True Stories for Context Studies

True Stories for Context Studies

As I write, many of you are launching into your final semester of teaching Contexts. It can be difficult to find relevant, short, interesting, contemporary additional material to accompany the study of your central texts for this Area of Study, especially when your time is limited. But sometimes allowing students to explore how a range of writers respond to the ideas embedded in your Context study can help them to find their own authentic voice in their responses. Perhaps, for the last ride around the Contexts carousel, you might be looking for some new inspiration to keep things fresh? If so, dip into SBS’s podcast series True Stories.

Season 2 of True Stories focuses on the theme of ‘untold Australia’, inspired by the SBS documentary of the same name. Season 1, released last year, focused on the theme of high school. The series gives Australian writers the opportunity to tell a true story about a formative moment in their lives. It’s sometimes heartbreaking and sometimes funny, but always beautifully constructed and engagingly told. Each writer reads their own story, so you get a real sense of them as both a writer and a person.

A few of my favourite episodes from the podcast are Osamah Sami‘s piece, ‘Mosque, Mourning and Girls’, about pursuing a girl during Ashura, a ten-day Islamic ritual. This funny story demonstrates beautifully how teenage crushes, religion and culture intersect. Andre Dao‘s story, ‘Greyhound’, about travelling to central Australia, reflects on the idea that through ‘seeing more of the world’ we somehow live a fuller life. Sofija Stefanovic’s story, ‘Ex-Yugos’, about migrating to Australia from Serbia in the late 1980s, explores the impact of a homeland’s conflict on migrants building their lives in a new country. Cyrus Bezyan‘s ‘What’s in a Name’ explores how a name can alter people’s perceptions of who you are, including your own. But the most powerful is probably Ellen van Neerven‘s ‘The Confidence Game’, in which the horror of daily schoolyard racial taunts intersects with a passion and talent for sport. If you have students in your class who think on-field ‘sledging’ is ‘all part of the fun’, you might want to play them this.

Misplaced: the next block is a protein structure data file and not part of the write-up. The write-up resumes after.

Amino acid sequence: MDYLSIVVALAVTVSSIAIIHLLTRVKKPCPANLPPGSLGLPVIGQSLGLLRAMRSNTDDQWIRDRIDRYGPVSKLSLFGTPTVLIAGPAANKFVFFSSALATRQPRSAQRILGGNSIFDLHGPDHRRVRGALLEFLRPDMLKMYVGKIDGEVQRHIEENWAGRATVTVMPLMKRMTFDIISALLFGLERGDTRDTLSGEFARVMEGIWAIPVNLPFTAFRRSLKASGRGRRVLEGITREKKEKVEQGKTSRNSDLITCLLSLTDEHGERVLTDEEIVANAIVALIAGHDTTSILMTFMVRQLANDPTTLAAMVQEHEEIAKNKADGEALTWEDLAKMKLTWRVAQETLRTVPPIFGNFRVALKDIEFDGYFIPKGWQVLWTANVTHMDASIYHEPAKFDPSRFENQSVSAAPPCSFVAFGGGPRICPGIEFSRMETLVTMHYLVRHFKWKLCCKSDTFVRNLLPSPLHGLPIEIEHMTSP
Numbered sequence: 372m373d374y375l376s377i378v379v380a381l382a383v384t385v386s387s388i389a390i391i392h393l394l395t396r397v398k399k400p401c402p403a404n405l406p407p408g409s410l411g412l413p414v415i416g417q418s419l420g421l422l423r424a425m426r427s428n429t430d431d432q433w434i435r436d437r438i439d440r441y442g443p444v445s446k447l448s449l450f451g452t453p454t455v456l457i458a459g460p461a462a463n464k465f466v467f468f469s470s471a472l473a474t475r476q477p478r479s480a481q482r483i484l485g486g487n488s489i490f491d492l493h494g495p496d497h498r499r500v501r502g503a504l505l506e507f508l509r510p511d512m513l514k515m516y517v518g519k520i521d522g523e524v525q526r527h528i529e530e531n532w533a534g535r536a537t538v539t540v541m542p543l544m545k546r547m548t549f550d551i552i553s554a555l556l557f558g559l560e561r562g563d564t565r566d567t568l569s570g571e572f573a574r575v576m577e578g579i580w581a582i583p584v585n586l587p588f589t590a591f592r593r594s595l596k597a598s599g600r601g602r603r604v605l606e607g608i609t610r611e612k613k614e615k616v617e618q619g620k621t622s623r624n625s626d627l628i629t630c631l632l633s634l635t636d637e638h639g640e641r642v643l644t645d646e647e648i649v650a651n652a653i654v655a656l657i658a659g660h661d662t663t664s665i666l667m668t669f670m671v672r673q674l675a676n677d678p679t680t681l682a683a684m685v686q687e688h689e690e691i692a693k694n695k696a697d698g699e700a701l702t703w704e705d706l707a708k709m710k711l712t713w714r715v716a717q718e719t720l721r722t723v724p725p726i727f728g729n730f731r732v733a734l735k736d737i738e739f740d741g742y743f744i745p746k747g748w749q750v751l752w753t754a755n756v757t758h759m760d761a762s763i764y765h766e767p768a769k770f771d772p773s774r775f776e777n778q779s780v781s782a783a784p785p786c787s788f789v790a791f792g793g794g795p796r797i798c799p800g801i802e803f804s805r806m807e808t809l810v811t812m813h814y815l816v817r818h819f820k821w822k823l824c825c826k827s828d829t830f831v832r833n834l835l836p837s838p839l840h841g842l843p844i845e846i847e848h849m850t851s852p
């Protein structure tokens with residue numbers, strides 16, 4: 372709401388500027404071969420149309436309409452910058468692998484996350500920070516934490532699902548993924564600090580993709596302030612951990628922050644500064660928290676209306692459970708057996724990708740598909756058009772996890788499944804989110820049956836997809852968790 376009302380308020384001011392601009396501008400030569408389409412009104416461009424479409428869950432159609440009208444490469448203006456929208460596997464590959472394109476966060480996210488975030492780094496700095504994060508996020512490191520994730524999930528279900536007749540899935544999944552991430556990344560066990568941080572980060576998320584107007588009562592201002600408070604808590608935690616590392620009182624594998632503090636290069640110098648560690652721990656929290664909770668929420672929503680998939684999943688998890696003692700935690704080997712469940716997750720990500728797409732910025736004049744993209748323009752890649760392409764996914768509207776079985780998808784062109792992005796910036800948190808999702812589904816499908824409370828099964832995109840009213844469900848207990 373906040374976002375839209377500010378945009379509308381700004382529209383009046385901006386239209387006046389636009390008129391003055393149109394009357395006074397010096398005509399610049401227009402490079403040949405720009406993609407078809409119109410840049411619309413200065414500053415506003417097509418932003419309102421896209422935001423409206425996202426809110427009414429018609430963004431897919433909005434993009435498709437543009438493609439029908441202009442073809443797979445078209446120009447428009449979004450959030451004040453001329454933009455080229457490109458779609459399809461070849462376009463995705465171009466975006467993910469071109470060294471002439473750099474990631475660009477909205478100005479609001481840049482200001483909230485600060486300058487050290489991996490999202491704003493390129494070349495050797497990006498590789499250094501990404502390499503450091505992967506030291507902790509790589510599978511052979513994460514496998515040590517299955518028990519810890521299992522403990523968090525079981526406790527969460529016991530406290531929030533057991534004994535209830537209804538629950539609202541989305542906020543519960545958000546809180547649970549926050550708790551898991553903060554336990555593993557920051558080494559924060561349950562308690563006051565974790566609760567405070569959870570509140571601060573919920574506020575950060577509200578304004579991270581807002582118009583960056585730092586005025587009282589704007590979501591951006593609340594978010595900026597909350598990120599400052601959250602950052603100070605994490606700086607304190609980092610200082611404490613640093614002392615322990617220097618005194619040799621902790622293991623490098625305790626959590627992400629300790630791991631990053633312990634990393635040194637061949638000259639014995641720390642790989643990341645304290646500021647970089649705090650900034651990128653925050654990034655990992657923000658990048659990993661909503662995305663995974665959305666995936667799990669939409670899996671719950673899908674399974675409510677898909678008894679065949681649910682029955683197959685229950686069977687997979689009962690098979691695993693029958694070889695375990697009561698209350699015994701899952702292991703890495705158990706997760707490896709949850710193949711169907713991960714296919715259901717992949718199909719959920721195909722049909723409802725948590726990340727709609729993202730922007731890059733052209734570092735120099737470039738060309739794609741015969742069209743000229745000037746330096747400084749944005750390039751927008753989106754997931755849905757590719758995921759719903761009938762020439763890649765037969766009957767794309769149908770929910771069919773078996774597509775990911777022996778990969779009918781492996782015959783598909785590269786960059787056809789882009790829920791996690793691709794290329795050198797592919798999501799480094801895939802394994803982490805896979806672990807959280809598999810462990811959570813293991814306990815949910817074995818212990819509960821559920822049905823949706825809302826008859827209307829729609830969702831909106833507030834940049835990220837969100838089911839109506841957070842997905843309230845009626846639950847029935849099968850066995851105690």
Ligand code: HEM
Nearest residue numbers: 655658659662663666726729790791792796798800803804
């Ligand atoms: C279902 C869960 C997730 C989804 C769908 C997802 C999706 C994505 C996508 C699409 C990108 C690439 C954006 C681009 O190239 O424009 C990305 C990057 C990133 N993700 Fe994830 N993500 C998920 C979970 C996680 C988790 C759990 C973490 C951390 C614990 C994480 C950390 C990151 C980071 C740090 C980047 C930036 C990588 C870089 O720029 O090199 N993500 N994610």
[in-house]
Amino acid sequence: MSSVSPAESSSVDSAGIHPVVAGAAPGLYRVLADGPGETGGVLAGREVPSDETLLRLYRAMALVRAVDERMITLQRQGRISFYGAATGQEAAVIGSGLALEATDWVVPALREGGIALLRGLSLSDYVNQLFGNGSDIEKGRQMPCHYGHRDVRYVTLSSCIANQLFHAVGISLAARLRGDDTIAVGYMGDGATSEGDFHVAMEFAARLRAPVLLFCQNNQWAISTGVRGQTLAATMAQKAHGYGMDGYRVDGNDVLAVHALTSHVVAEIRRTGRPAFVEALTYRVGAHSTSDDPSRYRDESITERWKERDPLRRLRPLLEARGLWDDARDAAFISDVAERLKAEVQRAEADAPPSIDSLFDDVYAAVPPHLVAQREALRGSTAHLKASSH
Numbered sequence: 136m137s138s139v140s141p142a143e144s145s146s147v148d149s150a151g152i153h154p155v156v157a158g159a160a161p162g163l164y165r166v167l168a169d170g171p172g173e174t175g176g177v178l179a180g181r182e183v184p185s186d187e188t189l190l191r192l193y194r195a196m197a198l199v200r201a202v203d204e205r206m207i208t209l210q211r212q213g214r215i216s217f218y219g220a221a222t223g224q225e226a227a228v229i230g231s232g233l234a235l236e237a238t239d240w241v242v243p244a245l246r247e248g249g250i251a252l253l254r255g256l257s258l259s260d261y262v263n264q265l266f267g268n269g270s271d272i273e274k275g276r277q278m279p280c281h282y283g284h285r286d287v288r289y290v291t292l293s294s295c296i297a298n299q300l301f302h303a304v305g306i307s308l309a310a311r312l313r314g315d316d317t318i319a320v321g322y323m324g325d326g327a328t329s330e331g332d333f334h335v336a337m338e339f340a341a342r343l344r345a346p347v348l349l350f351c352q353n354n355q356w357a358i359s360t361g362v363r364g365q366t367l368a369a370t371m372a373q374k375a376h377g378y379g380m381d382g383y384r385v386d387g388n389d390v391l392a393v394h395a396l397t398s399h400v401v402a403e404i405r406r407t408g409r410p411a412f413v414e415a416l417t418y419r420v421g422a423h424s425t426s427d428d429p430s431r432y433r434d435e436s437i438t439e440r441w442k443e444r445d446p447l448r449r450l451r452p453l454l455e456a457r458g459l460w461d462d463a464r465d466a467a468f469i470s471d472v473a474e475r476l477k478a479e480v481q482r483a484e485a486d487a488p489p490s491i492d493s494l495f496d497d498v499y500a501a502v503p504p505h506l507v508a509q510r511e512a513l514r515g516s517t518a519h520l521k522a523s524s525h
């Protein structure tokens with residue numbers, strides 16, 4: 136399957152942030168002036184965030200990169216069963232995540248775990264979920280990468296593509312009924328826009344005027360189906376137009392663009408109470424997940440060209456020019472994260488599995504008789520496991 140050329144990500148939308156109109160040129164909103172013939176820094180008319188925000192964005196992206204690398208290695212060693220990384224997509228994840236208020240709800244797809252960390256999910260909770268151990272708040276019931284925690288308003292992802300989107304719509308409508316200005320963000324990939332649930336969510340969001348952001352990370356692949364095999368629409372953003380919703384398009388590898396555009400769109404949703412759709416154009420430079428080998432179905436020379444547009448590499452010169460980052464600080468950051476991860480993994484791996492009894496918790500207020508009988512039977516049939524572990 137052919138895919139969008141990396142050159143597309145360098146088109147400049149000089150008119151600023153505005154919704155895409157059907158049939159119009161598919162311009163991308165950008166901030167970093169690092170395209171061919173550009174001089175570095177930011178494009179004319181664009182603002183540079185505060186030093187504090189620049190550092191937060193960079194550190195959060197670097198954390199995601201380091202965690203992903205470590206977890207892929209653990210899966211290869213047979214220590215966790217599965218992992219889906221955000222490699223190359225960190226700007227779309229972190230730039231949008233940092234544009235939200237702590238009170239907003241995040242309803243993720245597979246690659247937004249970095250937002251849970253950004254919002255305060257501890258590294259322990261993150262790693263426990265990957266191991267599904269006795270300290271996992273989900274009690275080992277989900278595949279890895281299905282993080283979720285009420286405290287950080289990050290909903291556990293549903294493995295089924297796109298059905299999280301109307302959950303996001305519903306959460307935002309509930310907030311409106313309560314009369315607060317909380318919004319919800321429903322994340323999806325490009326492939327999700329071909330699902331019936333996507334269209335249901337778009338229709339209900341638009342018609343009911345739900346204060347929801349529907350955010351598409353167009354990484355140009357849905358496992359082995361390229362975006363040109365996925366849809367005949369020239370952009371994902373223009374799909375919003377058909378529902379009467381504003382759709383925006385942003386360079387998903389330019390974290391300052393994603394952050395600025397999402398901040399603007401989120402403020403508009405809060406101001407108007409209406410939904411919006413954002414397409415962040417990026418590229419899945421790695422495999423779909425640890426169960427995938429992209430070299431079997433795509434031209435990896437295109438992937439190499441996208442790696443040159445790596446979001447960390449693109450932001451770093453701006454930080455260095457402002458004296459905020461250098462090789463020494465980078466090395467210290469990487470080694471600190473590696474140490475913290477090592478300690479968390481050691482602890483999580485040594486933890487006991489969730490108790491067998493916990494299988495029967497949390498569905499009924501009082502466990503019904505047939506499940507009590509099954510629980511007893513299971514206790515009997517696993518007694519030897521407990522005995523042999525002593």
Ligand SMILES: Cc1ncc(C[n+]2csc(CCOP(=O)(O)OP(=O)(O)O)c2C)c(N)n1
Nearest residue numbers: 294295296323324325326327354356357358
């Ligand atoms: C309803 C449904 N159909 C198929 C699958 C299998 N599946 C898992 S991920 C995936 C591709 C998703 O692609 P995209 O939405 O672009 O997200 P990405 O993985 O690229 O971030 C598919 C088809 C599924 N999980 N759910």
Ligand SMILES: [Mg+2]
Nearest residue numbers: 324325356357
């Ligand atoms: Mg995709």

While most of these stories are classroom friendly, there are certainly a few that contain mature content so I would definitely suggest you listen to any stories you intend using in class before you play them. (Nakkiah Lui’s story ‘Late Night in a Car Park’ is engaging and powerful, for example, but she discusses date rape and sexual encounters that might not be appropriate content for your school context or with your specific class.) Other stories also touch on issues that might be triggers for some students, such as the Srebrenica massacre.

The television series that inspired the podcast Untold Australia would also provide some great inspiration for Context writing (or for exploring cultural diversity in Australia in other year levels). The show includes stories about an Orthodox Jewish community in Melbourne, Indian Australians’ dating and matchmaking experiences, and Norfolk Islanders’ fierce sense of independence from Australia, which would provide a particularly interesting addition to studies of the Imaginative Landscape. You could also use these in flipped classroom activities as they are all freely available online.

Click on the icon below for a free downloadable PDF of analysis questions and writing tasks based on the podcasts mentioned in this post for each of the four Context studies. Please note that all links below and in the PDF will take you to third-party sites.

Best wishes and happy teaching.

Sandra Duncanson
Senior Editor

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The resource

Suitability and relevance

  • Form: podcasts (approx. 10–20 minutes each), some with accompanying animations
  • Central topics: Australian diversity, cultural practices in Australia, belonging, growing up
  • Content warnings: some coarse language and mature themes in some stories (but not the majority; most are very classroom appropriate)
  • Suitable for: Years 10–12, although our activities target Context studies in Year 12



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